The Thirty-Third Rubin Lecture

Presented by: The Samuel Rubin Program for Liberty and Equality Through the Law

Thursday, December 7th, 2006
Jerome Greene Hall
Columbia University, New York, NY

David M. Schizer, Dean and the Lucy G. Moses Professor of Law

Justice S. Sandile Ngcobo, Samuel Rubin Visiting Professor of Law
"Courts and Transformation of Society: What is Their Role?"
(Click the link to read the lecture transcript in PDF format)

Question and Answer

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Samuel Rubin Visiting Professor of Law

Justice S. Sandile Ngcobo was born in Durban on March 1, 1953. He received his undergraduate B. Proc degree from the University of Zululand in 1975, earning distinctions in constitutional law, mercantile law and accounting. He received an LLB degree from the University of Natal, Durban in 1985. After completing an orientation course on the United States' legal system offered by the International Law Institute at the Georgetown Law Center in Washington, D.C., in 1985, he attended Harvard Law School and received an LLM degree in 1986, concentrating on constitutional law, labor law, international legal process and international human rights.

Ngcobo was the beneficiary of a scholarship from Barclays Bank between 1973 and 1976, Fulbright Scholarship in 1986 and a recipient of a Harvard Law School Human Rights Fellowship.

His career was interrupted for one year in 1976 when he was detained and held in solitary confinement following the student uprising in 1976.

Upon his release, he worked briefly as a clerk in the magistrate's office, before joining the law firm of KK Mthiyane and Company in 1978, firstly an articled clerk and then as an associate attorney. In 1982, he joined the Legal Resources Center, a public interest law firm in Durban, as a staff attorney. There he tried public-interest civil and criminal cases involving issues such as the ejection of tenants from townships; the forced removal of black communities to homelands; influx control laws; police torture and assault; wrongful detentions; labor disputes; and the eviction of black squatters.Justice S. Sandile NgcoboSamuel Rubin Visiting Professor of Law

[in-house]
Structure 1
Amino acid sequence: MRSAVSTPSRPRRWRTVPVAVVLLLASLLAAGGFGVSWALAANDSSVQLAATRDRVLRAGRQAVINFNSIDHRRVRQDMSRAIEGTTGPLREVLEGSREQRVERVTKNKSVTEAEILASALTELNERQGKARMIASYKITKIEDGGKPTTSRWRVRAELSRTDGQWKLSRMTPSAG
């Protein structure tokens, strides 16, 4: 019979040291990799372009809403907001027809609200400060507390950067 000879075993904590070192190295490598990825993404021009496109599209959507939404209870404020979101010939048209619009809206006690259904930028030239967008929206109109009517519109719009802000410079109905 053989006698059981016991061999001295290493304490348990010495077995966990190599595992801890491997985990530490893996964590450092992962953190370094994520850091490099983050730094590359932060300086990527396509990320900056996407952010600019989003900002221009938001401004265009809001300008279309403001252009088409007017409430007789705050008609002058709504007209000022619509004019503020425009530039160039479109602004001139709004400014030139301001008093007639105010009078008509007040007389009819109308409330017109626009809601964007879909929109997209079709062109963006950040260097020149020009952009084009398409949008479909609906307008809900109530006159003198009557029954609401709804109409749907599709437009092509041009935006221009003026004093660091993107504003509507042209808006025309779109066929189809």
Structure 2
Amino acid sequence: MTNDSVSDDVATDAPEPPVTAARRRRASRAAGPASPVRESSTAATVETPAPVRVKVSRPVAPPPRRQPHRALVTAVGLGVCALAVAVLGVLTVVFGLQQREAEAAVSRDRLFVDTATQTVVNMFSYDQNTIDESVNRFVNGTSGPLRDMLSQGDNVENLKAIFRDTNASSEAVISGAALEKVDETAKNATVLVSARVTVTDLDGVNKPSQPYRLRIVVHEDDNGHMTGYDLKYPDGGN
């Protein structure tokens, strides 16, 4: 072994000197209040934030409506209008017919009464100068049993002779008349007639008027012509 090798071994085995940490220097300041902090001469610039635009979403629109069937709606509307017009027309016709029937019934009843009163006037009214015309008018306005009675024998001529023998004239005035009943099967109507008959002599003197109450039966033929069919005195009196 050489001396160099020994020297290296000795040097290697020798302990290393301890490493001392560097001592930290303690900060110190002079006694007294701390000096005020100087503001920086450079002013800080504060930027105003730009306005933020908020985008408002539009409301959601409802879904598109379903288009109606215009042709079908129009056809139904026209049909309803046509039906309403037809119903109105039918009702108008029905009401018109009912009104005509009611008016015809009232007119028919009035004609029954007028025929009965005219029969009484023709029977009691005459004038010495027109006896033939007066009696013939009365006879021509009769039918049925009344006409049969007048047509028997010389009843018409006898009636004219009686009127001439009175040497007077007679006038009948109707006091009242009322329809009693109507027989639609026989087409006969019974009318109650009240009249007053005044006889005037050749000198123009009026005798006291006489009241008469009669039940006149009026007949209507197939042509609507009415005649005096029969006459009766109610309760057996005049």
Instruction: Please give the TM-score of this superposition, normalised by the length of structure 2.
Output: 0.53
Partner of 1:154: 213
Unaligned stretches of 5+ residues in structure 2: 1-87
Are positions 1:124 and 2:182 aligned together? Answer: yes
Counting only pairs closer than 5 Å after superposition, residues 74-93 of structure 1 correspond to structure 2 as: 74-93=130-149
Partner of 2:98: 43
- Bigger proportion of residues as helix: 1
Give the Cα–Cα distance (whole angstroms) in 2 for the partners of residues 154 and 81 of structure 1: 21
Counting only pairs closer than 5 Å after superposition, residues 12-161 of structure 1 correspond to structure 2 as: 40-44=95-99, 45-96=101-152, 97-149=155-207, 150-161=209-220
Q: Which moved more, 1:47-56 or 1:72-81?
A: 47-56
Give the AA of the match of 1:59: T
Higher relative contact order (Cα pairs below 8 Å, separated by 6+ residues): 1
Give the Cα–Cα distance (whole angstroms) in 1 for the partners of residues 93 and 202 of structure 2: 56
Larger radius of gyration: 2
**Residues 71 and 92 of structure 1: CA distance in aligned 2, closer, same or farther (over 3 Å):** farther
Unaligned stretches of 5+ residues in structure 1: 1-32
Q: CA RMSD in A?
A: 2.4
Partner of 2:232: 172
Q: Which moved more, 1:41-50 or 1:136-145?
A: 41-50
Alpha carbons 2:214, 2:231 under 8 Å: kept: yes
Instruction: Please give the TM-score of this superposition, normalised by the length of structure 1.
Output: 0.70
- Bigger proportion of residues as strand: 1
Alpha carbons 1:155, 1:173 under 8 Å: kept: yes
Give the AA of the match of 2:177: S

Then, from July 1986 to July 1987, Ngcobo spent a year as the law clerk and research associate of the late Honorable A. Leon Higginbotham, Jr., the former Chief Judge of the US Court of Appeals for the Third Circuit. He also worked on research focusing on the role of law in the US and South Africa societies and, in particular, its use to perpetuate and eradicate social injustice. Ngcobo was a teaching assistant in a seminar on "Race Values and the American Legal Process" at the University of Pennsylvania, at Harvard Law School and at Stanford Law School.

From August to November 1987, Ngcobo was a visiting foreign attorney at Pepper, Hamilton & Scheetz in Philadelphia, Pennsylvania where he specialized in labor law. At the beginning of 1988, he returned to South Africa and took up the post of acting director of the Legal Aid Services Clinic of the University of Natal, Durban. From August of that year, he taught a course on race legislation, also at the University of Natal. From December 1988 to November 1989, he practiced as an advocate in Durban. But in December 1989 he returned to Pepper, Hamilton & Scheetz in Philadelphia, where he was an associate attorney. He specialized in labor and immigration law. In 1992, Ngcobo returned to South Africa and practiced as an advocate in Durban. His focus was labor and employment law, constitutional law and general practice. In 1994, he lectured part-time in constitutional litigation.